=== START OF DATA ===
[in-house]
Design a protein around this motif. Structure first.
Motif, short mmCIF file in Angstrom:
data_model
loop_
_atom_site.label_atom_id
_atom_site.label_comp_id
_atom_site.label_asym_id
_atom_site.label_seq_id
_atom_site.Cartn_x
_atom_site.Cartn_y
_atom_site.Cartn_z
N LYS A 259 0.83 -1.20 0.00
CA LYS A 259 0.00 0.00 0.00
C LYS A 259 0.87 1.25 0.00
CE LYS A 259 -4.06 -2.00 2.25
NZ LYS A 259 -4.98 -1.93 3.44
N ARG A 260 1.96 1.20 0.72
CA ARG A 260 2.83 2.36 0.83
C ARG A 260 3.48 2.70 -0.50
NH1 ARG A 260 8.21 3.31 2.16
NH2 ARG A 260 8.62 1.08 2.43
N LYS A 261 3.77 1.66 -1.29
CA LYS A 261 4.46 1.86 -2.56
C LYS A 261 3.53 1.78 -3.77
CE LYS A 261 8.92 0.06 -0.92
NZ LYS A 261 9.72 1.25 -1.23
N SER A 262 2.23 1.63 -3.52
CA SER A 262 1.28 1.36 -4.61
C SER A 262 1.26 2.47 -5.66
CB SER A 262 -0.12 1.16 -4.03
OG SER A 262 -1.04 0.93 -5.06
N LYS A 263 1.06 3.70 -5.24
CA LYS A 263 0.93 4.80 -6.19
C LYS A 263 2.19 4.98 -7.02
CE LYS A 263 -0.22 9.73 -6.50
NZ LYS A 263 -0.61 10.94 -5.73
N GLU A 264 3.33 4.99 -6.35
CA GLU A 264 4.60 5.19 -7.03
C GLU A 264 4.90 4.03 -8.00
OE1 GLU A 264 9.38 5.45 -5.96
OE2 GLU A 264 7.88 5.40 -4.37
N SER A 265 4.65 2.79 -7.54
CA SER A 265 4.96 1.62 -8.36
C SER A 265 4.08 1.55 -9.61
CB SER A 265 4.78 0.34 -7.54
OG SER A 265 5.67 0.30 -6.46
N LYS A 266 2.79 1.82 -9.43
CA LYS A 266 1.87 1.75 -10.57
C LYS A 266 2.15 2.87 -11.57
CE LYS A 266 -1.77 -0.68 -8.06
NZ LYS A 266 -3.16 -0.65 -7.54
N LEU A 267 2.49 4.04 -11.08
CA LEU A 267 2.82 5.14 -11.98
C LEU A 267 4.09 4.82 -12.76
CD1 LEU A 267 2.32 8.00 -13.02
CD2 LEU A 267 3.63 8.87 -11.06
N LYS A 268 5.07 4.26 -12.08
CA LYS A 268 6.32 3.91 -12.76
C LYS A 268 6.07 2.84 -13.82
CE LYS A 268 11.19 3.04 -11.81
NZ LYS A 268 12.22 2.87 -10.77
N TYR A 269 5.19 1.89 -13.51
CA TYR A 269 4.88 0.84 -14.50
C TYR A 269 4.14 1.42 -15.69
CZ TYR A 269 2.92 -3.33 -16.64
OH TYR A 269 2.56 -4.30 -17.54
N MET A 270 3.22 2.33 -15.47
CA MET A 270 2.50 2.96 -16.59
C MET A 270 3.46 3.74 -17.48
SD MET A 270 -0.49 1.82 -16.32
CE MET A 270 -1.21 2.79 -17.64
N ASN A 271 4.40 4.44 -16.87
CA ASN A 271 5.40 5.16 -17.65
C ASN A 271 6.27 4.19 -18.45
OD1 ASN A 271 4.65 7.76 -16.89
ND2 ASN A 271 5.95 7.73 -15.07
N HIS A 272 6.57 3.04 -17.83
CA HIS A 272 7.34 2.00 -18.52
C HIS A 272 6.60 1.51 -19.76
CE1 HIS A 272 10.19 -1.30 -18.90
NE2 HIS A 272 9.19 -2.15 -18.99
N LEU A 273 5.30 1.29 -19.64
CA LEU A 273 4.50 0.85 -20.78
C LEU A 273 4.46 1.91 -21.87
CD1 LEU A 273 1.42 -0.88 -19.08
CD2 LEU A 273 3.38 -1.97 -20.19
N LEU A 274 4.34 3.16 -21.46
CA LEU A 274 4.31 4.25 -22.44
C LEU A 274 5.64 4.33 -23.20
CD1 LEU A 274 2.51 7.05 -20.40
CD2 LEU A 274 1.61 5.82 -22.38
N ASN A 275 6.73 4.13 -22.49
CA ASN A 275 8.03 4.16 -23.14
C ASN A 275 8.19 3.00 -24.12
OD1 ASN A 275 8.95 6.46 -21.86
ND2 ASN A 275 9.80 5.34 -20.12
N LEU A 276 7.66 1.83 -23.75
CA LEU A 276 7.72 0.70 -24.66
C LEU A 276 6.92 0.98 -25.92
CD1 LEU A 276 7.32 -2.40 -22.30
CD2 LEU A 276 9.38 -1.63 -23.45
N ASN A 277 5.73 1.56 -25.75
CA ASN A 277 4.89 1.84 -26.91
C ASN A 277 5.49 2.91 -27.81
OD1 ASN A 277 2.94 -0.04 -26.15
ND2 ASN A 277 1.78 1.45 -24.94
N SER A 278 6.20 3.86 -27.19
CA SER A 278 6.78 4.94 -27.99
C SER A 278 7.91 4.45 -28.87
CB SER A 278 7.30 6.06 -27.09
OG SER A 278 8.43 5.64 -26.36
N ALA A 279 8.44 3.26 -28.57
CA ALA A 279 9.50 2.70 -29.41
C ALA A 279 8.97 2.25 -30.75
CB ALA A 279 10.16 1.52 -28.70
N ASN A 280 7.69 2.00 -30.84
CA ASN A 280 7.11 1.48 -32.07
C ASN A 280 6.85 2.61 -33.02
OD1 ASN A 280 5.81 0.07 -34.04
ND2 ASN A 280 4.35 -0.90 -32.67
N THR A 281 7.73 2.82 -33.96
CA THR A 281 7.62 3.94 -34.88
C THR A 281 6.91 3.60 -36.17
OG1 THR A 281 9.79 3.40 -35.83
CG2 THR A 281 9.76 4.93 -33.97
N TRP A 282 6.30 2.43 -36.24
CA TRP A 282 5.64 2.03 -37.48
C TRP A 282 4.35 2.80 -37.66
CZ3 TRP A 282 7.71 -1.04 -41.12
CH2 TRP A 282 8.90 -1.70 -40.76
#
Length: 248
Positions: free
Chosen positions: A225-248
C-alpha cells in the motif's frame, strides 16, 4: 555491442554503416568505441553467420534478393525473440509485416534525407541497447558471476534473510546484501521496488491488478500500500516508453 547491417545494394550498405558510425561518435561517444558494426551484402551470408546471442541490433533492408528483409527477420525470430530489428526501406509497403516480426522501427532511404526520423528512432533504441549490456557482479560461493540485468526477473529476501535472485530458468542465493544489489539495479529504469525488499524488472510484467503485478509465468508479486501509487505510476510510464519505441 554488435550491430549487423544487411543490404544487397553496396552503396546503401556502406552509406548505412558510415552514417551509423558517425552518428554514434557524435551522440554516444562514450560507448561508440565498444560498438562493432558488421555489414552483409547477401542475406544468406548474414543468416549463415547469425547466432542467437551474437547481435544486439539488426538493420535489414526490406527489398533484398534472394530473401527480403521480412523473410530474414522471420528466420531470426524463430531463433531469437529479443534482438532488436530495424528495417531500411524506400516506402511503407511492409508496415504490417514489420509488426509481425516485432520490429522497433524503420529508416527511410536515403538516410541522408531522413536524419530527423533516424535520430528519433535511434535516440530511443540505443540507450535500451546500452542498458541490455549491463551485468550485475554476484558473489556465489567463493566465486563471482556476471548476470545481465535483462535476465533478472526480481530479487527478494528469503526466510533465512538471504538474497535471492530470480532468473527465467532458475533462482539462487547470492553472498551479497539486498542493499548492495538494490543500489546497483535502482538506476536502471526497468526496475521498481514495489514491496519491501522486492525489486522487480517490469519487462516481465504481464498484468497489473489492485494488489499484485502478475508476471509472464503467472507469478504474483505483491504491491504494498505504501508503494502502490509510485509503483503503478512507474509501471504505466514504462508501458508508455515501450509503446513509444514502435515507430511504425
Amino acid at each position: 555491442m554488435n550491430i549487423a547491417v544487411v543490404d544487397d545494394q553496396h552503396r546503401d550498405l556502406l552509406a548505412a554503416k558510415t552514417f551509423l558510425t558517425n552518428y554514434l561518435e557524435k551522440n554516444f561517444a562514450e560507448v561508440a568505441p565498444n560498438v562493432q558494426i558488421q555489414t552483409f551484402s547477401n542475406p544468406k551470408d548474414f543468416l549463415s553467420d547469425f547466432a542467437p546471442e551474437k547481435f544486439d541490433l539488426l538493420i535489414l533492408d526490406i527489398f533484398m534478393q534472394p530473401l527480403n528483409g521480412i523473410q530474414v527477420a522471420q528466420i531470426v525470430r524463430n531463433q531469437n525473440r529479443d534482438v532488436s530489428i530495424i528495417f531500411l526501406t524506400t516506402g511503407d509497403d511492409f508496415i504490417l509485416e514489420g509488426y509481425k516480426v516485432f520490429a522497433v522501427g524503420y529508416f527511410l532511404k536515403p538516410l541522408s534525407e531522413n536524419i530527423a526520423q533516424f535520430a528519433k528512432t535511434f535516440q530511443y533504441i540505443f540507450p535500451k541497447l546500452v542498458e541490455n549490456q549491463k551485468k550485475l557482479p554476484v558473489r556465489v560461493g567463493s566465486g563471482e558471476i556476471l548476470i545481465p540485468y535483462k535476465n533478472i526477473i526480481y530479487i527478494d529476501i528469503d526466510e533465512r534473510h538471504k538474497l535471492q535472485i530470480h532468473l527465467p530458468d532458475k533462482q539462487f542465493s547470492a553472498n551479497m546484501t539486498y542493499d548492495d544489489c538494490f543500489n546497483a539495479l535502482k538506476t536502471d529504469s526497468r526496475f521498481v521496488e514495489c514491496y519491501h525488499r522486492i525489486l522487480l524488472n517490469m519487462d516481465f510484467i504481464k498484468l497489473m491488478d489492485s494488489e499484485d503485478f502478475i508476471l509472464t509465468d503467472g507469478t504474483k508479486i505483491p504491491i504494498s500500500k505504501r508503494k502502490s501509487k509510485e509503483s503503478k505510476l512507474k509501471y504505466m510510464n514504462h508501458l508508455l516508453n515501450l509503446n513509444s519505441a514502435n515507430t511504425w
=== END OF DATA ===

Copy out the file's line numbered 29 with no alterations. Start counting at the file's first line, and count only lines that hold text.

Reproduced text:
CA SER A 262 1.28 1.36 -4.61